(2) only upon finding that the party acted with the intent to deprive another party of the information’s use in the litigation may:

(A) presume that the lost information was unfavorable to the party;

(B) instruct the jury that it may or must presume the information was unfavorable to the party; or

(C) dismiss the action or enter a default judgment.

Fed. R. Civ. P. 37(e). See also Thomas Y. Allman, Dealing with Prejudice: How Amended Rule 37(e) Has Refocused ESI Spoliation Measures, 26 Rich. J.L. & Tech. 2 (2020).

Before determining whether sanctions are appropriate, the court must first determine whether the following threshold requirements of Rule 37(e) have been satisfied: (1) that relevant ESI existed; (2) that the ESI should have been preserved in anticipation of litigation; (3) that the allegedly spoliating party did not take reasonable steps to preserve the ESI; and (4) that the ESI cannot be entirely restored or replaced (see Lokai Holdings LLC v. Twin Tiger USA LLC, No. 15-cv-9363, 2018 WL 1512055, at *9 (S.D.N.Y. Mar. 12, 2018)).

The “party seeking spoliation sanctions has the burden of establishing the elements of a spoliation claim by a preponderance of the evidence” (Ottoson v. SMBC Leasing & Fin., Inc., 268 F. Supp. 3d 570, 580 (S.D.N.Y. 2017); see, e.g., Castro v. Smith, No. 16-cv-8147, 2023 WL 5371311, at *7–8 (S.D.N.Y. Aug. 22, 2023) (determining that plaintiff had “met his burden of proving by a preponderance of the evidence that [a] video existed”), Herbert v. Lynch, 7:22-CV-6303(NSR)(VR), 2024 WL 20942, at *4 (S.D.N.Y., Jan. 2, 2024)).

With respect to case summaries applying Rule 37(e), see Thomas Y. Allman, Amended Rule 37(e): Case Summaries 1 (May 27, 2017).

Upon a Finding of Spoliation, What Do Courts Do about It?

Should the court determine that spoliation has occurred, the court has the discretion to impose a variety of creative punitive measures.

In a death case in the Northern District of Texas involving an 18-wheeler truck that struck and killed a pedestrian, the court found that the defendants had destroyed evidence, and the federal court made the following findings:

When considered in the context of all of Defendants’ other questionable post-accident conduct, the evidence is clear and convincing that the Defendants, purposefully, over a sustained period of time, engaged in a concerted effort to hide and destroy evidence. . . . In sum, the totality of the circumstantial evidence surrounding the Defendants’ actions, as recounted in detail throughout this opinion would permit a reasonable fact finder to conclude that the missing evidence would have aided Plaintiff in proving her claims.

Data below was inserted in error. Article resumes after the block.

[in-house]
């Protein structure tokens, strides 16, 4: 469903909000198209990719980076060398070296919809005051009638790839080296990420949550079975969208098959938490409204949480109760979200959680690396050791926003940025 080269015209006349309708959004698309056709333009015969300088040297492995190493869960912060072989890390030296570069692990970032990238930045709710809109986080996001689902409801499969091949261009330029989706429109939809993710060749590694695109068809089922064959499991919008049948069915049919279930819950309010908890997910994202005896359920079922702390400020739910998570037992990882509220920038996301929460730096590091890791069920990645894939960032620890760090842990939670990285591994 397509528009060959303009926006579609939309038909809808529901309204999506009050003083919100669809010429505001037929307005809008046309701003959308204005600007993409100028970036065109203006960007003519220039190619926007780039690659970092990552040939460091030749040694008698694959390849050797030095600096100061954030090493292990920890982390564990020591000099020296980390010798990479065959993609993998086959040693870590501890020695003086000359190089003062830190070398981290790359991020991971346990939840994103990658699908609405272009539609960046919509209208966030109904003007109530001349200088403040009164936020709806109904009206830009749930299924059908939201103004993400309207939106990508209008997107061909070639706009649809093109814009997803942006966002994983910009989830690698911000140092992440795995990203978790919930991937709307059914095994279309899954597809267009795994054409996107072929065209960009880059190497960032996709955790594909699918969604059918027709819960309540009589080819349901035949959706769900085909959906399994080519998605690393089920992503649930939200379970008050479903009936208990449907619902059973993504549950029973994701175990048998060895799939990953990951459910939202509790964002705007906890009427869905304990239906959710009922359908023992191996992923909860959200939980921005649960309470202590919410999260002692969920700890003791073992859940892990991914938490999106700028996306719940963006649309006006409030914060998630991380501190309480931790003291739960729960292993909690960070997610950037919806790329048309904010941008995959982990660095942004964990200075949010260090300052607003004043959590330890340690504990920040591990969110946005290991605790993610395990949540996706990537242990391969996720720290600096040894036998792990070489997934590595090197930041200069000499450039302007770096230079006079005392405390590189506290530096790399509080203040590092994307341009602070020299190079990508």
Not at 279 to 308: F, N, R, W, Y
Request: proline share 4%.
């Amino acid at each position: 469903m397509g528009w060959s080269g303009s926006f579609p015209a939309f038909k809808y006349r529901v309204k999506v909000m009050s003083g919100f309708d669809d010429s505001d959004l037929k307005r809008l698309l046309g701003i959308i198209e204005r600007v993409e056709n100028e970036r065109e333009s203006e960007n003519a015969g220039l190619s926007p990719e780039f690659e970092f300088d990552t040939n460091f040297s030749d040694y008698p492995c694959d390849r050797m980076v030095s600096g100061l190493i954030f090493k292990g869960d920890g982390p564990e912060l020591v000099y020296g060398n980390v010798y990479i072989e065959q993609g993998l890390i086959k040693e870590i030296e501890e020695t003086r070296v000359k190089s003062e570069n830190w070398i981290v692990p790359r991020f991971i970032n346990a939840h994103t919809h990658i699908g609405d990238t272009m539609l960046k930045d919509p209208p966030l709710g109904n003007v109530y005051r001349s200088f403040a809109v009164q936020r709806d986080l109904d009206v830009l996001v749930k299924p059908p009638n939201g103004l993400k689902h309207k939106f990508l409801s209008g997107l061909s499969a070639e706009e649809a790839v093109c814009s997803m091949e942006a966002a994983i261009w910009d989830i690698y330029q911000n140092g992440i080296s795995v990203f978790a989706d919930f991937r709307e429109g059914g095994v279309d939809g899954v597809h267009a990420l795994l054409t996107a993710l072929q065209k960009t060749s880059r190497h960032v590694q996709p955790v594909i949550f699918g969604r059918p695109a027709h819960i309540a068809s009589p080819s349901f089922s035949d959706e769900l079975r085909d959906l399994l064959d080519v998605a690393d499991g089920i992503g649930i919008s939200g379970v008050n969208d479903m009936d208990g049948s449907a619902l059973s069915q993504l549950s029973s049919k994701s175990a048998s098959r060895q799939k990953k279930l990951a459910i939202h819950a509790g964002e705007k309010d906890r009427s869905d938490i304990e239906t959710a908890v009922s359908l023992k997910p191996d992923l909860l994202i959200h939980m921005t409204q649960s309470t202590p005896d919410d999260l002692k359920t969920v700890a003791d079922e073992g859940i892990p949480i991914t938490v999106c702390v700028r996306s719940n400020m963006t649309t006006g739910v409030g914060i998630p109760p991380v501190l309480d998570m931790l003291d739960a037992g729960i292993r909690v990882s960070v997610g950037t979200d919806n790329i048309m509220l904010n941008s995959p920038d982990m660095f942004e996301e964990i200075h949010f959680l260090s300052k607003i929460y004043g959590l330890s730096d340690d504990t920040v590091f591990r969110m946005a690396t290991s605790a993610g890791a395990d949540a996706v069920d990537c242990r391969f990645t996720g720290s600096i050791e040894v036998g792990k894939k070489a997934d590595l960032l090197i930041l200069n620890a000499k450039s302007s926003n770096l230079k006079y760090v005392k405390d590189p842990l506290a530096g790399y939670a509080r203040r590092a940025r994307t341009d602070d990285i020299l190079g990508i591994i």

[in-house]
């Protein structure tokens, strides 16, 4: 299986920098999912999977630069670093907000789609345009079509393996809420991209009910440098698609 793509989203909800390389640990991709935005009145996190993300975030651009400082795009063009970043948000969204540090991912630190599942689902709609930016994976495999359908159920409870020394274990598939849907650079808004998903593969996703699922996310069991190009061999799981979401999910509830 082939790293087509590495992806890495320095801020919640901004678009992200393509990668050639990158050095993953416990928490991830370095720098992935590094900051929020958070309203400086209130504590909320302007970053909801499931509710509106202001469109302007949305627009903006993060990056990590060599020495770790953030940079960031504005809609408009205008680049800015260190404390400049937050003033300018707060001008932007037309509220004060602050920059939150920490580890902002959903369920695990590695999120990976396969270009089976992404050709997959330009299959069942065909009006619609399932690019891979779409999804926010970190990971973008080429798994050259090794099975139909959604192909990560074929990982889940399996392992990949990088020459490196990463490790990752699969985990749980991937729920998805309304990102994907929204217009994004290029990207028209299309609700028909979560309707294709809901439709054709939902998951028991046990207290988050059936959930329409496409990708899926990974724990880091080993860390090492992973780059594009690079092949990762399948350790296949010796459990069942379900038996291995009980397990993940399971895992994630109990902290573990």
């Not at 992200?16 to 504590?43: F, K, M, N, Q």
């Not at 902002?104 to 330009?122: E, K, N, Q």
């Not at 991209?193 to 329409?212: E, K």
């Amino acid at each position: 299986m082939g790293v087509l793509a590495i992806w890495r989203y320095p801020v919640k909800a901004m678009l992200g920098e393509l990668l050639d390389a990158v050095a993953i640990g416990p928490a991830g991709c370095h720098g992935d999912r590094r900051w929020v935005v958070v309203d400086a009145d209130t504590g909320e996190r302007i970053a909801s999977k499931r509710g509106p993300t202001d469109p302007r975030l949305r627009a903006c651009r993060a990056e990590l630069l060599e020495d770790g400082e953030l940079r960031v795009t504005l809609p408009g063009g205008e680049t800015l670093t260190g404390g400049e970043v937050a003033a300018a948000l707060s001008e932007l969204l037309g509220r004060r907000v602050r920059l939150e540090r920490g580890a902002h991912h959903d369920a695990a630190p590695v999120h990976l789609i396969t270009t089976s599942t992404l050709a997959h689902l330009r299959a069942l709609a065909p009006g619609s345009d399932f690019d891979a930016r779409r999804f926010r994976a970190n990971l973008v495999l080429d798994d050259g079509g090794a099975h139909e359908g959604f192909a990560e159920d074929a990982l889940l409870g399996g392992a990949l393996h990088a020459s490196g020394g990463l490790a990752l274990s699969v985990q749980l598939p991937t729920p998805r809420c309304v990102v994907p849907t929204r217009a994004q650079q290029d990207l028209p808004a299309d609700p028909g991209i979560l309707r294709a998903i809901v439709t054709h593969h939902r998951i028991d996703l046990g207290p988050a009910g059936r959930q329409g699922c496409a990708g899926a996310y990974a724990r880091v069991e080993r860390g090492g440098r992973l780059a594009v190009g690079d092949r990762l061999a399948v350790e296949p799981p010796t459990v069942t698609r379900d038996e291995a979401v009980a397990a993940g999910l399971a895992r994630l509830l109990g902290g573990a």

Ashton v. Knight Transp., Inc., 772 F. Supp. 2d 772, 802–03 (N.D. Tex. 2011).

The strategy and evidence outlined in the opinion are well worth reading for those who believe that they have a sufficient basis for the filing of a spoliation claim against their opposing party. The court made the following ruling:

The Court finds that Defendants Knight Transportation and George Muthee [Knight’s driver] spoliated evidence. Accordingly, Plaintiff’s Motion for Sanctions is GRANTED, and the Court STRIKES Defendants’ pleadings and defenses to liability. The Court also DIRECTS Plaintiff, if she so chooses, to file an Amended Complaint that only adds a claim for punitive damages. . . .

Id. at 805–06.

The ruling by the court was effectively the kiss of death. The defendants lost any ability to contest liability, and the damages evidence was horrific. When Knight Transportation’s 18-wheeler struck Don Ashton, there was clear evidence that he was alive when struck and that the impact literally split his body into multiple parts. With no ability to contest liability, the defendant would have been forced to sit at trial as the damages evidence came in describing the horrific killing of Don Ashton and the flight of Knight Transportation driver George Muthee from the scene and subsequent destruction of evidence. As an aside, the destruction of evidence was overwhelming. A review of the Ashton opinion will show the details of deceit and interference conducted by Knight Transportation, as found by the court. The court’s solution to the spoliation was creative and resourceful.

Recently, a state district court in Dallas, in ruling on a motion for spoliation of evidence involving the destruction of a videotape that would have shown how badly a ten-month-old child had been abused by a day care worker, found as follows:

The Court therefore does not find a sufficient showing of bad faith on the part of the day care center to justify a spoliation sanction for that reason alone. However, a Court may also submit a spoliation instruction when there is negligent handling of the evidence causing the non-spoliating party to be irreparably deprived of any meaningful ability to present a claim or defense. Wackenhut Corp. v. Gutierrez, 453 S.W.3d 917 (Tex. 2015). The Court finds that (a) the day care center was negligent in failing to preserve the tape when it was under an obligation to do so and (b) the absence of the tape deprives Ms. Taylor of a meaningful ability to prove her case. Therefore, as a matter of law, spoliation has occurred.